communion with God. God, here, reveals his plans to Abraham. God


also shows confidence that Abraham would lead his family to follow


God. This is affirmed in the passage in Genesis 22 where God asks


Abraham to offer his only son as a sacrifice to test Abraham. In verse


7, Abraham and Isaac have headed to the mountain to offer the


sacrifice. Notice the conversation between father and son, “Isaac spake


unto Abraham his father, and said, My father: and he said, Here am I,


my son. And he said, Behold the fire and the wood: but where is the


lamb for a burnt offering?” The point is that Abraham had trained his


son – he knew a sacrifice was needed. Contrast this to Lot, who, after


the intercession of Abraham, was warned of God's impending judgment,


went to warn his family, but he “... he seemed as one that mocked


unto his sons in law” (Genesis 19:14).



One final contrast is seen after the destruction of Sodom and


Gomorrah. Lot, admittedly in a drunken stupor, commits incest with his


two surviving daughters on succeeding nights and subsequently has


children by them (Genesis 19:31-38). Abraham, on the other hand,


sends his servant to find a wife for Isaac, his son, of his “country and


kindred” because he did not want him to intermarry with the heathen


(Genesis 24).



Modern man claims that we need only provide a proper environment for


man to succeed and prosper. The comparison of Abraham and Lot


reveals the flaws in that philosophy. Abraham's place in history is


established. Isaiah 41:8 recordsBut thou, Israel, art my servant,


Jacob whom I have chosen, the seed of Abraham my friend.” In James


2:23 we read “And the scripture was fulfilled which saith, Abraham


believed God, and it was imputed unto him for righteousness: and he


was called the Friend of God.” One might speculate on Lot's destiny –


were it not for 2 Peter 2:7. Here we read that God “... delivered just


Lot.” According to Vine's Expository Dictionary of Old Testament and


New Testament Words, the word “just” means “righteous.” 2 Peter 2:7-


8 adds, after asserting that Lot was righteous, that he was “ ... vexed


with the filthy conversation of the wicked: (For that righteous man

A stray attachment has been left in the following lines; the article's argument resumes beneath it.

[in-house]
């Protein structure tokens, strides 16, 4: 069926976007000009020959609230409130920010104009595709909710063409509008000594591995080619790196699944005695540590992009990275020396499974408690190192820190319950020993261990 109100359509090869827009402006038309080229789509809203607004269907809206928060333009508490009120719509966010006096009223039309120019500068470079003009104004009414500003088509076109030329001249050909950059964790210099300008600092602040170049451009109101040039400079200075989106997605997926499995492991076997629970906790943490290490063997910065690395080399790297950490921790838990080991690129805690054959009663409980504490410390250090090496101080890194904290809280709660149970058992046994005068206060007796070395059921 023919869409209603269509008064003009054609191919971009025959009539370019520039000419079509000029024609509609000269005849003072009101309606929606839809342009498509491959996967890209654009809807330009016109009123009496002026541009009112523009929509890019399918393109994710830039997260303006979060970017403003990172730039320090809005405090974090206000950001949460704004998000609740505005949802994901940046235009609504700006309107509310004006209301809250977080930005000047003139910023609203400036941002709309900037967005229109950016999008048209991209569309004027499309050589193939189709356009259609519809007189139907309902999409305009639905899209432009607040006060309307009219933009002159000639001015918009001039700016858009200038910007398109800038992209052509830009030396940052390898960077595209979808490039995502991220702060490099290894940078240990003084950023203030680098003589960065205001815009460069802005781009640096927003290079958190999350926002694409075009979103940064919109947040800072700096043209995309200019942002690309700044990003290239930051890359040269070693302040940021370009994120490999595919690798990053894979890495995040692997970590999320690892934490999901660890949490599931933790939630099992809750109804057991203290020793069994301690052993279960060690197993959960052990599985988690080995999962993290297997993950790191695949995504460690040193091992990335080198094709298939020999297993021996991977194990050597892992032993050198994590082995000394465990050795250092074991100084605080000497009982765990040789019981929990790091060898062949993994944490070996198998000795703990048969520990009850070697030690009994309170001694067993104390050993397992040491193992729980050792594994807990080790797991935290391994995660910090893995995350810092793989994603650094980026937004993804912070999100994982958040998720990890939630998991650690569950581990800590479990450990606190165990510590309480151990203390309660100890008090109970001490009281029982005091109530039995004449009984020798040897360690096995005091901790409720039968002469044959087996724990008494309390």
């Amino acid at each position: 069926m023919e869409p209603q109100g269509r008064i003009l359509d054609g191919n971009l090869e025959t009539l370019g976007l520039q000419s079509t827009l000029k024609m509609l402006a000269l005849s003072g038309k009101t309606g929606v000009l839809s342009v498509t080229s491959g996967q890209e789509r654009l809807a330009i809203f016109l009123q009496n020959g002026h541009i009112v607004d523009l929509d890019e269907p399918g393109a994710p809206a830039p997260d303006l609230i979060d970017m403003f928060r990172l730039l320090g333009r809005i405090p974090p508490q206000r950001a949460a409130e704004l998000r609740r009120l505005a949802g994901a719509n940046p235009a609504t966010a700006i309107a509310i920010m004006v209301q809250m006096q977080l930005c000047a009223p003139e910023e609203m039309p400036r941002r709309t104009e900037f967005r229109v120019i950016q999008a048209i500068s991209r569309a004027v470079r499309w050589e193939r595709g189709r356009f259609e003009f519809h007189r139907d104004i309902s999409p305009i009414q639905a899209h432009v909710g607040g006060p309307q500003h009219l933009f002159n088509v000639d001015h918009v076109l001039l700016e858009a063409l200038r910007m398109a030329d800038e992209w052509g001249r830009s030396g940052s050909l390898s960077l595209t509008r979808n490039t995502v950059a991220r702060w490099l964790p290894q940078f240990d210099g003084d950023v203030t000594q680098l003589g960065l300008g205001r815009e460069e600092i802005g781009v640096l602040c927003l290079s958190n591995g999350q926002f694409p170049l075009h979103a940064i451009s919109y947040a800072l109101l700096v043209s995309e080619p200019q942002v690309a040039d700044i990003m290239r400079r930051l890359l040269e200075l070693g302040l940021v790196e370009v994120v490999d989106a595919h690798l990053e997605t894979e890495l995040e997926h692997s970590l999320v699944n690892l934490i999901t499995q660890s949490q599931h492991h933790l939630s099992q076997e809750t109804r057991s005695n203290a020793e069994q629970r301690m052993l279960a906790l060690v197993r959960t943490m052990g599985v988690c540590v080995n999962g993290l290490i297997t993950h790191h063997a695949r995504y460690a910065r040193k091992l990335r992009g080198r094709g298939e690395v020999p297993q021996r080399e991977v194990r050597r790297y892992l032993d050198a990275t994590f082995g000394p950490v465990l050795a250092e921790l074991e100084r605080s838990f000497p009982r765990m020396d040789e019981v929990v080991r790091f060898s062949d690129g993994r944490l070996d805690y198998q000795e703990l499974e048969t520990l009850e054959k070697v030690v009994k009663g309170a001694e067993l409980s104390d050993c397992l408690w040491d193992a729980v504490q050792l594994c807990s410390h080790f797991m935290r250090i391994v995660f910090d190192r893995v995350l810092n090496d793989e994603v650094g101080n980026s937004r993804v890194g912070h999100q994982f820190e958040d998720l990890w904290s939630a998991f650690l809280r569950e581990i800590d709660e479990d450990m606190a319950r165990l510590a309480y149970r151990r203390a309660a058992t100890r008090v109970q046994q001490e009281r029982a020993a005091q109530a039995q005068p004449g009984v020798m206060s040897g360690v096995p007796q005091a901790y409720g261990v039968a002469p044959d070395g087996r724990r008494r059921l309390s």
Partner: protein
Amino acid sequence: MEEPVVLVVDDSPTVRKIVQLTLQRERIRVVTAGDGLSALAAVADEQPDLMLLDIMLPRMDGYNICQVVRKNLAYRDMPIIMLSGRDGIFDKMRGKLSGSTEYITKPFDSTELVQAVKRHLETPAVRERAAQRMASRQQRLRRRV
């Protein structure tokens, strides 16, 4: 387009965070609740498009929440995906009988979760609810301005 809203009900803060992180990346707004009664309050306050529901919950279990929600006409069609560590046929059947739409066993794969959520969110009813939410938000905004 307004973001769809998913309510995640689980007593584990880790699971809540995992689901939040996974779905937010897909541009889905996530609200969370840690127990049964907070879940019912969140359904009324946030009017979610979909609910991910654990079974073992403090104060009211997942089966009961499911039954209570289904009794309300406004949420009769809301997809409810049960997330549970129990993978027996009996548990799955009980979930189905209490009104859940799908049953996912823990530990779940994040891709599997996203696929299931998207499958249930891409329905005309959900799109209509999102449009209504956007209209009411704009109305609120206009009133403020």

dwelling among them, in seeing and hearing, vexed his righteous soul


from day to day with their unlawful deeds).” Lot lost his wife, his


family, the wealth and worldliness he so desired – but he did not lose


his soul. One might ask, was it worth it? Yet before casting stones at


Lot, how many today trade the trinkets of this world for the pleasure of


God.


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  •  Mrs_Corbett: 
     

    I really enjoyed this post.  'Great comparison and contrast, with awesome lessons for us today. Thank you!

     
     991 days ago 
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  •  Jan: 
     

    Oh my word this is so good! This very thought was on my heart today! In many areas families are willing to sacrafice thier families to do X,Y, and Z.....for all things that will pass away. Maybe it is for a new house, a new car...etc. One area that I was so confused on was having a career to give my children the best childhood. In my eyes the best childhood would have meant having the best of whatever we could buy them. Those material things do not matter. The best we can give them is Christ. Money will not save thier soul from Hell, nor will having the best toys,...shoes..bikes..etc...vacatio ns...draw them closer to God. It will only teach them to love the World. Praise God the Lord has helped us to grow in this area...we have so far to go, but just like Lot was at a cross roads and had to make a decision we many times come to different cross roads in our walk with the Lord. Having a career may be a cross road of the past, but each day we face new challenges and decisions that will either keeps us from destroying our families and what the Lord is doing, or drawing us closer.

     
     991 days ago